Australian Foreign Policy and Trade
• Economics has traditionally been linked to
• DFAT is an example of this. (Department of
Foreign Affairs and Trade)
• Economic matters were given the same
importance as foreign affairs.
The Australian Economy
• Australian GDP in the mid 1990s was less than
5% of America’s.
GDP (2009) $858.8 billion $14.26 trillion
GDP per capita (2009) $40,400 $46,400
GDP (2010) $882.4 billion $14.66 trillion
GDP per capita (2010) $41,000 $47,200
• Phase 1 – British are most important trading
• “Men, Money and Markets”
• After WWII trade increased with nations
outside the British Empire at a great rate.
• The US, NZ, newly independent Asian states
(Indonesia, Singapore, Malaya).
• “Japanese Economic Miracle”: occupied by
the US after WWII, Japan introduced reforms
to their economy to bring it in line with the
west, capitalist economies.
• Trade with major Asian powers (Japan, China,
Korea, etc) becomes a much larger slice of
Australian Economic Activity.
• Deregulation of the Australian Economy
• Floating the Australian Dollar.
FTAs and Internationalism
• FTAs introduced with the US, others currently
being negotiated with Japan, China, etc.
• Aus also takes a very prominent role in
International Trade organisations
• GFC – Aus emerges with one of the strongest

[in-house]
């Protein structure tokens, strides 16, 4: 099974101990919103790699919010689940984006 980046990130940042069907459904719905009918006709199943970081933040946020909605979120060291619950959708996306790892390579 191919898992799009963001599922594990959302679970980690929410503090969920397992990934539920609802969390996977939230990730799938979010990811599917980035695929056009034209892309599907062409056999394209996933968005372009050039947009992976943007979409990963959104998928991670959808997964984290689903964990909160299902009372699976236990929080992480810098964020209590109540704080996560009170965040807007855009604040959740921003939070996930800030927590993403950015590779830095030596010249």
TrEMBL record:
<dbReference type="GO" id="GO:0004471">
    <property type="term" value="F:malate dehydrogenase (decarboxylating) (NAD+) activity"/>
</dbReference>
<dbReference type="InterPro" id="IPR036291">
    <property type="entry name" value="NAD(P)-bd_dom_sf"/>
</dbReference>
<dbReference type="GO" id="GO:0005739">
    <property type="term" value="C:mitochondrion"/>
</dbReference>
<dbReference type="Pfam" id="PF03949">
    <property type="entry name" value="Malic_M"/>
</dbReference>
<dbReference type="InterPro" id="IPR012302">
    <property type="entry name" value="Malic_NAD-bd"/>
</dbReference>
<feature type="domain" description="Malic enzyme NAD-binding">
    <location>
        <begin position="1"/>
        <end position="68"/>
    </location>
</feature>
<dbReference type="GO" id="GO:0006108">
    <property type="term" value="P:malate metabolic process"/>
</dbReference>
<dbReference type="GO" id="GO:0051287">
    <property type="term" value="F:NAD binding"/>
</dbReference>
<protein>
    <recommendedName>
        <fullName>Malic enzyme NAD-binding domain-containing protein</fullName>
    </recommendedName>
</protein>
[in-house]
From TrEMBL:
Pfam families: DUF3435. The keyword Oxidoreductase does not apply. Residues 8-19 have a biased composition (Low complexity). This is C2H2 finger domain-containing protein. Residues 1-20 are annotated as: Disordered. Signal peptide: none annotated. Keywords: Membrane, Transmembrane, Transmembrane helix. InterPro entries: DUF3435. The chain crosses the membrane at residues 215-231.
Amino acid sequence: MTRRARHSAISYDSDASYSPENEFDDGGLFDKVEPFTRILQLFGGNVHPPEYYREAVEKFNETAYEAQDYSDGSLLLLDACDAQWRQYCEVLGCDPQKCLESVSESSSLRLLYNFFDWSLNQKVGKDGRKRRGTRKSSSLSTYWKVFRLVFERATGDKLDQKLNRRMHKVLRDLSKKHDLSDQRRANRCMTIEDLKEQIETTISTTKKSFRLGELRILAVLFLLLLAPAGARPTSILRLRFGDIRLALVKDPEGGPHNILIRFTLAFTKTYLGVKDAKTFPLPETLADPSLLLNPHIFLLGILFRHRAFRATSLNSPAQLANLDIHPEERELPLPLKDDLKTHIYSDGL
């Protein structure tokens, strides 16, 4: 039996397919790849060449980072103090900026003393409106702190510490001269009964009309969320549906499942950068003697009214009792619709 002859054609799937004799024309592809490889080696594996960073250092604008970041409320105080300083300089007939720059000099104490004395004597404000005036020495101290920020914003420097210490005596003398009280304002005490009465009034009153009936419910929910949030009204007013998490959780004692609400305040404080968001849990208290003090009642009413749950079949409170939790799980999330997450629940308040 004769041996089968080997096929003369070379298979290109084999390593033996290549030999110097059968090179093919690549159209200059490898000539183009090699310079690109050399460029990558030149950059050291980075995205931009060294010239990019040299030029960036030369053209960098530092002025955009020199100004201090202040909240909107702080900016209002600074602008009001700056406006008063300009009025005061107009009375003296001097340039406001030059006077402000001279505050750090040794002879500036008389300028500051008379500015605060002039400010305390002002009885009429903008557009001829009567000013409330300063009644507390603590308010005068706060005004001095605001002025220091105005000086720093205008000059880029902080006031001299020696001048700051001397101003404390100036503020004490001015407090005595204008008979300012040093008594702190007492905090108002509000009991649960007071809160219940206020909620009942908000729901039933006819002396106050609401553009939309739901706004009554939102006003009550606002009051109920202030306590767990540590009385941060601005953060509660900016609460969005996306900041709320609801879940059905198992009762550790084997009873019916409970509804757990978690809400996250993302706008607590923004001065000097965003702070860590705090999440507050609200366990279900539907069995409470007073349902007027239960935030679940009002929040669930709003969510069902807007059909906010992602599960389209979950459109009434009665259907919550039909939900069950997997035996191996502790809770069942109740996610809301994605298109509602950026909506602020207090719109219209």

western economies. This is due to what?
• (Article from The Drum)
• Australia has moved towards multilateralism
with more involvement in APEC and similar
• It was thought that Australia had to pursue
their national interests through regional and
multilateral channels when Britain was moving
away from unilateral trade.
• Australia decided to reduce tariffs on goods
into Australia by 25% in 1973.
• This had a mixed reaction.
• Some blamed the recession that followed
Whitlam’s government on this decision.
• Fraser, however, continued with market
liberalisation, and became a spokesman for
freer global trade.
• Hawke and Keating governments also sought
to prioritise economic objectives.
• Floating of the Australian dollar in 1983.
• Australia committed itself to multilateralism,
but barriers to free trade were still around.
• Aus protected it’s own manufacturing
• USA and EU unwilling to reduce protection in
their agriculture sectors.
• “Cairns group of agricultural exporters”
founded by Hawke.
1. Define ‘protectionist’ and give some
examples of protectionist policies.
2. Why do some governments employ
3. What are the benefits and drawbacks of such
• “Liberal Rule” DVD